9AM to 11AM

Kwhlii Gibaygum Nisga’a Traditional Dancers

Kwhlii Gibaygum Nisga’a Traditional Dancers is a family run group, established in summer 2007 in Vancouver by founders: Wal’aks Keane Tait, Adiiyoox Emily Tait & Anmogam Dilx Zachary Tait.  The Kwhlii Gibaygum Nisga’a (KGN) are a dynamic, high energetic group of performers who incorporate the stories, songs & dances of their W̓ahlingigat (Ancestors) into contemporary performances. Every dance member, can trace their ancestry to the Nisga’a, from Ksi-Lisims, the Nass River in what is now Northwestern British Columbia. The KGNDancers bring innovation and creativity to the table; we take our cultural and traditional roles very much to heart for our various performances whether for a conference or recreational audience. Many of our songs are from time before memory, some songs are new, we also have mask dances, and children’s songs that record a time in history.

Kwhlii Gibaygum Nisga’a Traditional Dancers have facilitated and presented workshops and outreach activities on story, song and dance for K-12 schools, post-secondary institutions, and museums.

JJ Lavallee

JJ Lavallee (Métis) was born and raised in the community of St. Ambroise, Manitoba. JJ started singing at the age of six and by the age of nine had picked up his first guitar. When JJ turned sixteen, he found himself playing regularly with his Uncle Dave Lavallee. This talented family includes such groups as “The Lavallee Tradition” & the “Darren Lavallee Band”. His is a soulful songwriter & accomplished musician on the fiddle, guitar, mandolin, bass, & drums.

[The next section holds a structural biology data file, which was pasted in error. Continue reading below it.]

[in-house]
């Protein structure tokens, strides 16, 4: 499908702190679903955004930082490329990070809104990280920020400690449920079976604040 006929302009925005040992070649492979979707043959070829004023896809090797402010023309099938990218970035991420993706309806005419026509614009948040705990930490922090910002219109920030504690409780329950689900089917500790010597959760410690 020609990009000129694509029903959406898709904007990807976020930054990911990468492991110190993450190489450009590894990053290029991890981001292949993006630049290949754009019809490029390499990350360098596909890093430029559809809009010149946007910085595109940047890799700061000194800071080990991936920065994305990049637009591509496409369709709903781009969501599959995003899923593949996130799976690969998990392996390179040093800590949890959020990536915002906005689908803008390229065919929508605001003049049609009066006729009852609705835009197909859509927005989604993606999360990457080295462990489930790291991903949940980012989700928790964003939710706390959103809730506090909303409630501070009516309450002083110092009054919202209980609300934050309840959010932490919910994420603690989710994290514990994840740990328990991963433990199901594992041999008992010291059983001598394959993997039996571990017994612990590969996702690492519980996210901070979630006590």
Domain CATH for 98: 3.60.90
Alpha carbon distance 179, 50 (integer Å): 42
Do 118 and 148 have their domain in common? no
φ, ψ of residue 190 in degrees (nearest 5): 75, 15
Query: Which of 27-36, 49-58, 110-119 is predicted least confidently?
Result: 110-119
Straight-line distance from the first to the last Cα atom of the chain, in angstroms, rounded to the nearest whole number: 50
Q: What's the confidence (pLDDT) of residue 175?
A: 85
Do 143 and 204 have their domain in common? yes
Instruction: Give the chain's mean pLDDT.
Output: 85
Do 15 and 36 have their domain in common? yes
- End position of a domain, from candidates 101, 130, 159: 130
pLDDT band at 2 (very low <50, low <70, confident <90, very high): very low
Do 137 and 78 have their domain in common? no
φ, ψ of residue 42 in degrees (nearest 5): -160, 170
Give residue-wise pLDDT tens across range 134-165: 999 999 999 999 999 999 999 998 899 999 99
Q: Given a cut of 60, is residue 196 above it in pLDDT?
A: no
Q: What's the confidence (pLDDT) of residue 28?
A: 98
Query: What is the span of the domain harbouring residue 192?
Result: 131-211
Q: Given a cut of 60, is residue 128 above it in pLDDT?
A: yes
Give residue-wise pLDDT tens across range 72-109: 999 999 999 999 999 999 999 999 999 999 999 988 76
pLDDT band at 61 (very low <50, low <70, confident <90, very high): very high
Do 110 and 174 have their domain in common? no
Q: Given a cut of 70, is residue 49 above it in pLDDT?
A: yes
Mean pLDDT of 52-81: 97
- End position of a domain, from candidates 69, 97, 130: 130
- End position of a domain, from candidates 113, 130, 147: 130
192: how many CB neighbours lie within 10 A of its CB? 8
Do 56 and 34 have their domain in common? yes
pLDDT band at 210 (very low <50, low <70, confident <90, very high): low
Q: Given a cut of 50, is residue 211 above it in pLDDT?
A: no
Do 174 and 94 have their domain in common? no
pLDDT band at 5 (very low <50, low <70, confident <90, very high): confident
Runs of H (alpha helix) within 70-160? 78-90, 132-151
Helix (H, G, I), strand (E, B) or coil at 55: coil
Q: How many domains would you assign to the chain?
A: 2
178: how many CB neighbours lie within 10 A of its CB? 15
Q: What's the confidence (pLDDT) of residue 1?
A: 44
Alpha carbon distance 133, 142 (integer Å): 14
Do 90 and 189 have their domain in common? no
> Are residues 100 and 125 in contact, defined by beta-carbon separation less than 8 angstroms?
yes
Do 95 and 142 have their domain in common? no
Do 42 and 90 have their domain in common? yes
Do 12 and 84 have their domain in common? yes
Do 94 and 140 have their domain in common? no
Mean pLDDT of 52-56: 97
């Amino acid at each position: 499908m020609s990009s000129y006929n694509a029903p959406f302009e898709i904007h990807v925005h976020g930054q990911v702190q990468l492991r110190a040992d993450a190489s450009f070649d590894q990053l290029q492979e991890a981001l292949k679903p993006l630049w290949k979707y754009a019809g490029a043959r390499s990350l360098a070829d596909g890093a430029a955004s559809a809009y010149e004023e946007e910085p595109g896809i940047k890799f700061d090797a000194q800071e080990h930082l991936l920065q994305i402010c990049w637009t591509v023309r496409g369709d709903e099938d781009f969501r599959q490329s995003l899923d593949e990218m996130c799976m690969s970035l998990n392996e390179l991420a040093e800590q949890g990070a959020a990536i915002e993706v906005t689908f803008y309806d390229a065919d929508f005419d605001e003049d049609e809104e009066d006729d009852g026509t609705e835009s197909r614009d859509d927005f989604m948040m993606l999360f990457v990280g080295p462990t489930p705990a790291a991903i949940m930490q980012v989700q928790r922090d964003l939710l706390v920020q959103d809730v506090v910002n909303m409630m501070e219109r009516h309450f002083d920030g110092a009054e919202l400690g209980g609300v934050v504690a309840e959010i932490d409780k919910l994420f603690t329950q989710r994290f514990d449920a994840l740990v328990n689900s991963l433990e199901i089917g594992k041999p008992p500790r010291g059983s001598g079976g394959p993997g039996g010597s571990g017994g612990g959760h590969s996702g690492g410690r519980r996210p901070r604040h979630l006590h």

Hannah Curr

Hannah Curr is a contemporary folk-pop singer-songwriter. At only thirteen years of age, Hannah Curr is one rising star to watch. Curr (Nuu-chah-nulth and Metis) has been singing and performing since she could walk and talk. She has taken her passion to the next level and has begun performing professionally in the summer of 2016, namely the Change-makers event in Stanley Park; Rematriate; and opening for Sister Says at Skwachays Gallery. Self-taught on the ukulele she performs covers of popular chart-toppers with her own folky, melodic interpretation woven into each piece. Currently, she is working towards writing her own songs. A few accomplishments to date, Hannah has done voice-over work in French for short film Four Faces of the Moon, which premiered at the Toronto International Film Festival, and has composed/ recorded a song for children’s show Coyote Science airing this year on APTN. She also was interviewed and performed for MLS series The Movement.

9AM to 11AM

V’ni Dansi

V’ni Dansi is a Vancouver-based traditional Métis and contemporary dance company dedicated to sharing the dances, stories and culture of the Métis. Led by Artistic Director Yvonne Chartrand, the company is dedicated to preservation and innovation.

V’ni Dansi holds the distinction of being the only company in Canada to teach and perform both Métis and contemporary dance. Meaning “Come and Dance” in Michif, V’ni Dansi is thrilled to share the Métis people’s joyful culture with audiences of all nations.

Our work manifests in three creative themes: traditional Métis jigging, contemporary Métis jigging, and Indigenous contemporary dance. The jigging component of our work is performed under the name – the Louis Riel Métis Dancers. Contemporary works are created for Yvonne Chartrand under the name V’ni Dansi.

Git Hayetsk

The Git Hayetsk Dancers are an internationally renowned dance group led in partnership by artist and carver Mike Dangeli of the Nisga’a, Tsimshian, Tlingit, and Tsetsaut Nations and University of Alaska Southeast professor Dr. Mique’l Dangeli of the Tsimshian and Tlingit Nations.

Git Hayetsk means “people of the copper shield” in Sm’algya̱x, the language spoken by the Nisga’a, Tsimshian, and Gitxsan Nations. The copper shield is the highest form of ceremonial wealth shared among their people as well as other First Nations along the Northwest Coast. Their dancers are bonded by their connections to the Sm’algya̱x speaking peoples with distinction in their family ties to the many other Nations in Northern British Columbia, the Yukon, and Southeast Alaska. Since 1999, they have shared their songs and dances at ceremonial and public events in urban and rural communities through Canada, the US, and abroad including Austria, Malaysia, Germany, and Japan.